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The largest scientific forum on population issues on the African continent, the African Population Conference organized by Union of Africa Population Studies (UAPS), was held in Pretoria, South Africa from Monday November 30 to December 4.
At the opening ceremony Professor Samuel NiiArdey Codjoe, Vice President of UAPS and Chair of the international organizing committee of the 7th African Population Conference set the tone of discussions, expressing that investing in the health and education of young people, particularly young girls, can unlock a powerful demographic dividend and set Africa on the path to sustained, inclusive social and economic growth.
The conference’s theme, Demographic Dividend in Africa: Prospects, Opportunities and Challenges is premised on the results of the International Conference on Population and Development (ICPD) Beyond 2014 global survey, completed by 52 countries in Africa. The survey showed an overwhelming commitment of African nations to the eradication of poverty; creating employment opportunities for youth; ensuring right and access to sexual and reproductive health services; eliminating mother-to child transmission of HIV; increasing women’s access to comprehensive sexual and reproductive health services; and promoting environmental resources management.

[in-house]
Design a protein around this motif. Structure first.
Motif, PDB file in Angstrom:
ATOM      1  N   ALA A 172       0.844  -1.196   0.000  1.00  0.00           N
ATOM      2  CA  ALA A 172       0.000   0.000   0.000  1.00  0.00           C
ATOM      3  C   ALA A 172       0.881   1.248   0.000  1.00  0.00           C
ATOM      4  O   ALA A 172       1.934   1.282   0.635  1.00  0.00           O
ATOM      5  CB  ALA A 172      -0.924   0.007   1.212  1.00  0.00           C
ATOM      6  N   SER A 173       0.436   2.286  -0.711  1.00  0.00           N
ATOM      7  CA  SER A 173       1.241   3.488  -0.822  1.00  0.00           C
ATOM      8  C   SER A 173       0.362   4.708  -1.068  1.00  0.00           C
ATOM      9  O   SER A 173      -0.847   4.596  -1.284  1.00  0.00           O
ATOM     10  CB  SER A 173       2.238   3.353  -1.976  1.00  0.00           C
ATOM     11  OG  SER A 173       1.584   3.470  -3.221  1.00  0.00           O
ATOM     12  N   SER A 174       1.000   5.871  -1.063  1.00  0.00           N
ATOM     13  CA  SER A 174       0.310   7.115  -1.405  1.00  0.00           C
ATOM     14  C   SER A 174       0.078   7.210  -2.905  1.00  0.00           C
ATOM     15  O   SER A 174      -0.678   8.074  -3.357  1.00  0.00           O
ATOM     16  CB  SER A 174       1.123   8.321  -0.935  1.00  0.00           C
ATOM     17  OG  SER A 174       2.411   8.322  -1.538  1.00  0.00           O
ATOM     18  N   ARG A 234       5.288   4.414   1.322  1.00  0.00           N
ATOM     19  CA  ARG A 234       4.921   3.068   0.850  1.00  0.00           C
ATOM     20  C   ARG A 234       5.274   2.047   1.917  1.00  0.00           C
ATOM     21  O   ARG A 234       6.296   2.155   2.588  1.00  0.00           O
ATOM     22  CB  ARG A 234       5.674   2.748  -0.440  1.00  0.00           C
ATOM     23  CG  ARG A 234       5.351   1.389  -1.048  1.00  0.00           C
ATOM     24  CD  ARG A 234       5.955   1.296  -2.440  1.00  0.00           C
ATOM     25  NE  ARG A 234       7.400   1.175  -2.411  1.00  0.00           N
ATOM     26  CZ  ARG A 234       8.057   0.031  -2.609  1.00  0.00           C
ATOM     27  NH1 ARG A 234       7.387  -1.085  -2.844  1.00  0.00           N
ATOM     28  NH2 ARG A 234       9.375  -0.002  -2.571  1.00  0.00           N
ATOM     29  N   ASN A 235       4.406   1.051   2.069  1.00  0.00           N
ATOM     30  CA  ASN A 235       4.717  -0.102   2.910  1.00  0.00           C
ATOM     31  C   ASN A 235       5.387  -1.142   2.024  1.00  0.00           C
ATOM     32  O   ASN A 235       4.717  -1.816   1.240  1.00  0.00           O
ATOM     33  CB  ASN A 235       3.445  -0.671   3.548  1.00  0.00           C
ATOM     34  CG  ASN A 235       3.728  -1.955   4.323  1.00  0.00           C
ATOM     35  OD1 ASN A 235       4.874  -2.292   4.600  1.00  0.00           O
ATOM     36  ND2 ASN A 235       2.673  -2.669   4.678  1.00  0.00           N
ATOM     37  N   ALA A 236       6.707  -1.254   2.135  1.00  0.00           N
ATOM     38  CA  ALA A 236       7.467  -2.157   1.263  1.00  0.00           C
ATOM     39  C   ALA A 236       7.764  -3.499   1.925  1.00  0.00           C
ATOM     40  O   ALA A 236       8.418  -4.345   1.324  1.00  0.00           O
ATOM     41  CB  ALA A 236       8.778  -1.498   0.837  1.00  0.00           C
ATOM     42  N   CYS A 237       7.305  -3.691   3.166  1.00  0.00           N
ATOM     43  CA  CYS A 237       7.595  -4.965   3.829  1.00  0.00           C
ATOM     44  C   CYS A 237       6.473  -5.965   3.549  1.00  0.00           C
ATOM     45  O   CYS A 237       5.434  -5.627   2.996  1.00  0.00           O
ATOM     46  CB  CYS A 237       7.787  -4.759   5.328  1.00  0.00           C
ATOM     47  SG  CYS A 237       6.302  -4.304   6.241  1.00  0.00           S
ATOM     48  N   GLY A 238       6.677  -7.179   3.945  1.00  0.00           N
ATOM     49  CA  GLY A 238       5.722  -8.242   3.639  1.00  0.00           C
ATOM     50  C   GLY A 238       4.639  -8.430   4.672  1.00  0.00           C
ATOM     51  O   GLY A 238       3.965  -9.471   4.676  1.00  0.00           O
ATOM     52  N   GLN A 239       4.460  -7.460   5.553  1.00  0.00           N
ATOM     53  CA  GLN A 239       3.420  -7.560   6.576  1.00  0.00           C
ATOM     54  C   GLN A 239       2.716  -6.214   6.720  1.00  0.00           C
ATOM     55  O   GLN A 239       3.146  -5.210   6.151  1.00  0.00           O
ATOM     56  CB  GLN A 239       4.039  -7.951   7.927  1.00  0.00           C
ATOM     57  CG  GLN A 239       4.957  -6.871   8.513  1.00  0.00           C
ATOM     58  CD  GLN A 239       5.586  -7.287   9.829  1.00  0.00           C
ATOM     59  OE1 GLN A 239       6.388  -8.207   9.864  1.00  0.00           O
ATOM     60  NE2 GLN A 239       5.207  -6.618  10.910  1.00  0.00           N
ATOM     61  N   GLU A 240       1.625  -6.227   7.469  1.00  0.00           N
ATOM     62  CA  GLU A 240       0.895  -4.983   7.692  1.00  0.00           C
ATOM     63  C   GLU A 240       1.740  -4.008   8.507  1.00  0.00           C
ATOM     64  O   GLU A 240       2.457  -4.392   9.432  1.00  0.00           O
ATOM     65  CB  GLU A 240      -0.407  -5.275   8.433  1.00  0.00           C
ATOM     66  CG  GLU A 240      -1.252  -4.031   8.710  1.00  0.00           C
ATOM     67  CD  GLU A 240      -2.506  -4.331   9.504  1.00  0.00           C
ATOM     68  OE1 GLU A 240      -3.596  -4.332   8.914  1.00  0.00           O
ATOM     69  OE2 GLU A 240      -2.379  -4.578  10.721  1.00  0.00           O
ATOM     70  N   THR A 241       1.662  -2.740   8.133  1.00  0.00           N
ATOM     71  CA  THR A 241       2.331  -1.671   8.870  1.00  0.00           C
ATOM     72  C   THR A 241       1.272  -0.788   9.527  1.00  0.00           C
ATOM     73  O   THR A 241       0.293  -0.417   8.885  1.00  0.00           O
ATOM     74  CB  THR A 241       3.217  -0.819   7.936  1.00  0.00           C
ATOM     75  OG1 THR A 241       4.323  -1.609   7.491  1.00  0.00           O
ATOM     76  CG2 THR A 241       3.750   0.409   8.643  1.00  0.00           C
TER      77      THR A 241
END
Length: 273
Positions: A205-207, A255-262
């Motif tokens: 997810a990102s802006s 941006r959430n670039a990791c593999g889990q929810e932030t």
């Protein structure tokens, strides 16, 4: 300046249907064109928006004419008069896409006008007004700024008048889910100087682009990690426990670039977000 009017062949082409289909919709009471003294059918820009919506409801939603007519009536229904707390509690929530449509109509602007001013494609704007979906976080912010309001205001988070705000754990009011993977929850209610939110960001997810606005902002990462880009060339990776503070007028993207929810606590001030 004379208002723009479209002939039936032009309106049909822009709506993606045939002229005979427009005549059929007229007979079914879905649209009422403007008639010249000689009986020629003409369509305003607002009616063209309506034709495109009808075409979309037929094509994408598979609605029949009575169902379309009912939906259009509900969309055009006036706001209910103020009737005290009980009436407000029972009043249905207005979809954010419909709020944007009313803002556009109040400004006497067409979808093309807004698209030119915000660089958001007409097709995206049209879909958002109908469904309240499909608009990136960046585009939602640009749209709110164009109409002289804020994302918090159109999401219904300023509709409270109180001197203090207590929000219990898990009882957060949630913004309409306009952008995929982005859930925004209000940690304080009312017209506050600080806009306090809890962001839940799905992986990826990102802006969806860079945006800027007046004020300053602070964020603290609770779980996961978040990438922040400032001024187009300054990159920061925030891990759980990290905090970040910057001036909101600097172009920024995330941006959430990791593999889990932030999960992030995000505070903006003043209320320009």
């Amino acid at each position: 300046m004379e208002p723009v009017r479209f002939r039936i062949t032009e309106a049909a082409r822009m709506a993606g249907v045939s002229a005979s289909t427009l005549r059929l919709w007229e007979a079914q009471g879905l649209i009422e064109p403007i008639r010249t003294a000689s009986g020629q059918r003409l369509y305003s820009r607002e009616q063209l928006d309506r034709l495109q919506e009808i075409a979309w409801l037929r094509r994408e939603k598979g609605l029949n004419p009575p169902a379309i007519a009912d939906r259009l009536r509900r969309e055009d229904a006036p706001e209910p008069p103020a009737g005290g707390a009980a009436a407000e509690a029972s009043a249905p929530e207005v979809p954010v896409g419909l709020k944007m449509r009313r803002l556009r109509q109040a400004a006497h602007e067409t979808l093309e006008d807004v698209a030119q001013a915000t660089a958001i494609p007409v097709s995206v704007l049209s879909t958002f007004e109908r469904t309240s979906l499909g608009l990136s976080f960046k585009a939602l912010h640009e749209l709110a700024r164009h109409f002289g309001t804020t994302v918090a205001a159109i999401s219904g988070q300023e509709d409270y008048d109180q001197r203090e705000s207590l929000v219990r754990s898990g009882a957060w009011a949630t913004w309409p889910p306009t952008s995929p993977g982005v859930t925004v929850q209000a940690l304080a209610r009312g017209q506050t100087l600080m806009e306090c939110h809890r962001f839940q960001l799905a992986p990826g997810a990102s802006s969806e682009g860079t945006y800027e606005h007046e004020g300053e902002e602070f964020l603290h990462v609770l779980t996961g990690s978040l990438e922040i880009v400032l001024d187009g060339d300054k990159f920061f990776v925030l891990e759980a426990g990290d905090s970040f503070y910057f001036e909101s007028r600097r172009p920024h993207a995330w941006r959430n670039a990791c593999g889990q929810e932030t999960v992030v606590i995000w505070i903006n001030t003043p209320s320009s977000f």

The African Population Conference’s main aim is sharing scientific information on population issues in Africa and on the globe. It also offers a unique opportunity for researchers, policy makers, program managers, development partners and other actors in the field of population to meet and share knowledge. According to the organizers 510 scientific papers were selected from 1518 submitted to the session and out of that oral presentation is 124 formal sessions and 400 posters. Over 20 of these papers were selected from Ethiopian experts.
Emphasizing the importance of the conference, Professor Samuel NiiArdey Codjoe said “These questions which are at the core of Africa’s socioeconomic development within the context of taking advantage of Africa’s ongoing demographic transition, and the demographic dividends associated with it are some of the issues the Union invited population, health and development scientists to discuss during the 7th African Population Conference.”
Yohannes Dibaba (PhD), Research and Evaluation Head of IPAS Ethiopia, also a panelist and presenter at the conference, told Capital that the conference illustrative of the continent’s the demographic dividend. He stated that Africa has to reduce the fertility rate to ease the population burden on the economy, and pointed out that the gradual reduction in fertility rates across the continent is a promising step forward. Currently 45 percent of the African population is below the age of 15; expected to decline in the coming year.
The African Population Conference is held every four years. The first conference was held in Dakar, Senegal in 1988and the previous, sixth conference was held in Ouagadougou, Burkina Faso in 2011.